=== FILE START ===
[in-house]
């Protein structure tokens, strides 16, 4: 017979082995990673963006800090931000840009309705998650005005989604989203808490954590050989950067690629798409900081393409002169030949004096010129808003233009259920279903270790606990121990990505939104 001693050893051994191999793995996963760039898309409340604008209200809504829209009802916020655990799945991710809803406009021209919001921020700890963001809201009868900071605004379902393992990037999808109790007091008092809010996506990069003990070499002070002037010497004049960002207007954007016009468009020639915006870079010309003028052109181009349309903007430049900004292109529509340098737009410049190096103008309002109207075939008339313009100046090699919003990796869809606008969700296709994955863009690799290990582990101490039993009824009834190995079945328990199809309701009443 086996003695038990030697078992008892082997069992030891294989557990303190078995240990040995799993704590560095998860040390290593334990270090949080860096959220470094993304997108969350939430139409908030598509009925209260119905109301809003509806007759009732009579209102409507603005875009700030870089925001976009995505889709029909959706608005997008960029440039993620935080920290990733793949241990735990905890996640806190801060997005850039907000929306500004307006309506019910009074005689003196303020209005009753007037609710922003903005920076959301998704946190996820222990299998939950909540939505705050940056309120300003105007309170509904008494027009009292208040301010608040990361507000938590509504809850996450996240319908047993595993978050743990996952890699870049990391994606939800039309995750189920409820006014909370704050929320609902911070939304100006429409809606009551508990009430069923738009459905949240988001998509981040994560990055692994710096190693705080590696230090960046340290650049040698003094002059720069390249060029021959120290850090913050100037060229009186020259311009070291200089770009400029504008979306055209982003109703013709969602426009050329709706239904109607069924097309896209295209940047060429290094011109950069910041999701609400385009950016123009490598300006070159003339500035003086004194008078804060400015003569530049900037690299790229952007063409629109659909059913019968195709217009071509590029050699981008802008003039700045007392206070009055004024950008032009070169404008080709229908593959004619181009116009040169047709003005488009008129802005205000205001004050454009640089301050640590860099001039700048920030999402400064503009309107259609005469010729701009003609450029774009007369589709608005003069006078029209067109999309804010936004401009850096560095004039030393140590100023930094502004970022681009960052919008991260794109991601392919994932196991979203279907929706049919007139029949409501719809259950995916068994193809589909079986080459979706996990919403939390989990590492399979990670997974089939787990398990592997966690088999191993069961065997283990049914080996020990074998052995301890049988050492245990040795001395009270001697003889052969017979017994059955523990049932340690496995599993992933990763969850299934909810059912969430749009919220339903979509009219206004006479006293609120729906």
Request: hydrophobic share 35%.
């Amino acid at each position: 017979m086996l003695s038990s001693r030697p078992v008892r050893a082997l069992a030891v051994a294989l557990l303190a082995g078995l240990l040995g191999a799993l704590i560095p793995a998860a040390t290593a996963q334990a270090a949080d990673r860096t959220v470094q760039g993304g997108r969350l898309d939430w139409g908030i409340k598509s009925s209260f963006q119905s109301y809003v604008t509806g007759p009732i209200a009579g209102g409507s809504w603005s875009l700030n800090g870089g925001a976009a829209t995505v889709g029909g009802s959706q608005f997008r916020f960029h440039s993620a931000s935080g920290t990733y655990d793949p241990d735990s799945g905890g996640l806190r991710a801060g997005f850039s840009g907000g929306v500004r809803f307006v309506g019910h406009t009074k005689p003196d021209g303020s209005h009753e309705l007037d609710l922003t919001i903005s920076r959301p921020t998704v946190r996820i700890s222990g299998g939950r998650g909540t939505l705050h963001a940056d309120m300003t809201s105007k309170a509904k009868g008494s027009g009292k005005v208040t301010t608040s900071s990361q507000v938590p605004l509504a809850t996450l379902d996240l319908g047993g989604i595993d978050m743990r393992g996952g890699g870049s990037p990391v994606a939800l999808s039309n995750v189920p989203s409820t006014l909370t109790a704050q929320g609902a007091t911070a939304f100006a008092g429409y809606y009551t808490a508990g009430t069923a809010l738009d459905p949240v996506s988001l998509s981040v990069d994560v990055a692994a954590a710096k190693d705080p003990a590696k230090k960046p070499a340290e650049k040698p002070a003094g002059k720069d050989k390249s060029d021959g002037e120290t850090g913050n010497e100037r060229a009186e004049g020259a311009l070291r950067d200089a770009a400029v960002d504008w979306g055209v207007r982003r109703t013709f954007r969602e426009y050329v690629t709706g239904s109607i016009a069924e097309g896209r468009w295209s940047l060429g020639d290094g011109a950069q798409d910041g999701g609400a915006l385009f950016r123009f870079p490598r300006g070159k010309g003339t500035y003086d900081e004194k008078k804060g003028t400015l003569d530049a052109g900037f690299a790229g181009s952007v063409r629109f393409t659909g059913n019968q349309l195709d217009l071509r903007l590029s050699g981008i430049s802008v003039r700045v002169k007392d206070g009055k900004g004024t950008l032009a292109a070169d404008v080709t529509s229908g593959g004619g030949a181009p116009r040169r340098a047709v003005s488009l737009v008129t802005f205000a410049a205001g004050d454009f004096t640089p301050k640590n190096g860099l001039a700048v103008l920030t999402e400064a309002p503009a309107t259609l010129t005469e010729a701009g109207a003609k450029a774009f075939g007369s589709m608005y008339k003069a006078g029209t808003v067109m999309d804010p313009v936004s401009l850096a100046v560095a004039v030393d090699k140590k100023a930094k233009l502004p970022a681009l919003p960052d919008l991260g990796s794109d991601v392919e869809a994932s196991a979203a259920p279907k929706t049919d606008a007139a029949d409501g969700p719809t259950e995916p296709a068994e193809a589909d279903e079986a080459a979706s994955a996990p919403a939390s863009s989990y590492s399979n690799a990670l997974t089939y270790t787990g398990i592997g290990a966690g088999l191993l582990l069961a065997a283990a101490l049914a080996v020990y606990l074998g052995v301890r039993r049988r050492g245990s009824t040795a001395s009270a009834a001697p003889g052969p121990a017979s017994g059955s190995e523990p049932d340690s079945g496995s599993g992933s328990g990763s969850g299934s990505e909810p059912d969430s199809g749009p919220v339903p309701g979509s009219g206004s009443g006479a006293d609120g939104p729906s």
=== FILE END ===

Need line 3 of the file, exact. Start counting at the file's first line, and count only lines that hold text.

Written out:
Request: hydrophobic share 35%.